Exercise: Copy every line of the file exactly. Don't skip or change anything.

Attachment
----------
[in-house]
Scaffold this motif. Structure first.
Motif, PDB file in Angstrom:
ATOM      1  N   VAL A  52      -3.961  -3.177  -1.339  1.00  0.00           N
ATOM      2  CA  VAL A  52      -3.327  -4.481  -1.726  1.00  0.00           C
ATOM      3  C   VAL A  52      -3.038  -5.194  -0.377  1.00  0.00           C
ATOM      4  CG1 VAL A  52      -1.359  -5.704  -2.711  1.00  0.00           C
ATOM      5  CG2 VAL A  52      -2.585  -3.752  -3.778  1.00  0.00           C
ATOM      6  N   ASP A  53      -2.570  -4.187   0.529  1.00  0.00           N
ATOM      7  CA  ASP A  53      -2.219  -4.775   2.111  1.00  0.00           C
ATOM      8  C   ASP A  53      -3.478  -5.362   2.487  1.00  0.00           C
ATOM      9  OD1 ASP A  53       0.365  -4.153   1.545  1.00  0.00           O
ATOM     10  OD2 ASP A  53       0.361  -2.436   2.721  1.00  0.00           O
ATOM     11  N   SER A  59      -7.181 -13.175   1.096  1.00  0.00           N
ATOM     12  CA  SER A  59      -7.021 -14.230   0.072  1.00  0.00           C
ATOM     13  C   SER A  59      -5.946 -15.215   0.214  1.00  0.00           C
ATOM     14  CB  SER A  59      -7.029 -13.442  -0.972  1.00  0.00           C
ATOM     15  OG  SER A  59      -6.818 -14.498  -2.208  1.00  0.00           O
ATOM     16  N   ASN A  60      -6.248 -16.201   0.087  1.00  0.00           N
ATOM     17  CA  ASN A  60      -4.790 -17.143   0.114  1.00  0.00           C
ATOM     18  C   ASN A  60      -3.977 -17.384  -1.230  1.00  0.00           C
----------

[in-house]
Scaffold this motif. Structure first.
Motif, PDB file in Angstrom:
ATOM      1  N   VAL A  52      -3.961  -3.177  -1.339  1.00  0.00           N
ATOM      2  CA  VAL A  52      -3.327  -4.481  -1.726  1.00  0.00           C
ATOM      3  C   VAL A  52      -3.038  -5.194  -0.377  1.00  0.00           C
ATOM      4  CG1 VAL A  52      -1.359  -5.704  -2.711  1.00  0.00           C
ATOM      5  CG2 VAL A  52      -2.585  -3.752  -3.778  1.00  0.00           C
ATOM      6  N   ASP A  53      -2.570  -4.187   0.529  1.00  0.00           N
ATOM      7  CA  ASP A  53      -2.219  -4.775   2.111  1.00  0.00           C
ATOM      8  C   ASP A  53      -3.478  -5.362   2.487  1.00  0.00           C
ATOM      9  OD1 ASP A  53       0.365  -4.153   1.545  1.00  0.00           O
ATOM     10  OD2 ASP A  53       0.361  -2.436   2.721  1.00  0.00           O
ATOM     11  N   SER A  59      -7.181 -13.175   1.096  1.00  0.00           N
ATOM     12  CA  SER A  59      -7.021 -14.230   0.072  1.00  0.00           C
ATOM     13  C   SER A  59      -5.946 -15.215   0.214  1.00  0.00           C
ATOM     14  CB  SER A  59      -7.029 -13.442  -0.972  1.00  0.00           C
ATOM     15  OG  SER A  59      -6.818 -14.498  -2.208  1.00  0.00           O
ATOM     16  N   ASN A  60      -6.248 -16.201   0.087  1.00  0.00           N
ATOM     17  CA  ASN A  60      -4.790 -17.143   0.114  1.00  0.00           C
ATOM     18  C   ASN A  60      -3.977 -17.384  -1.230  1.00  0.00           C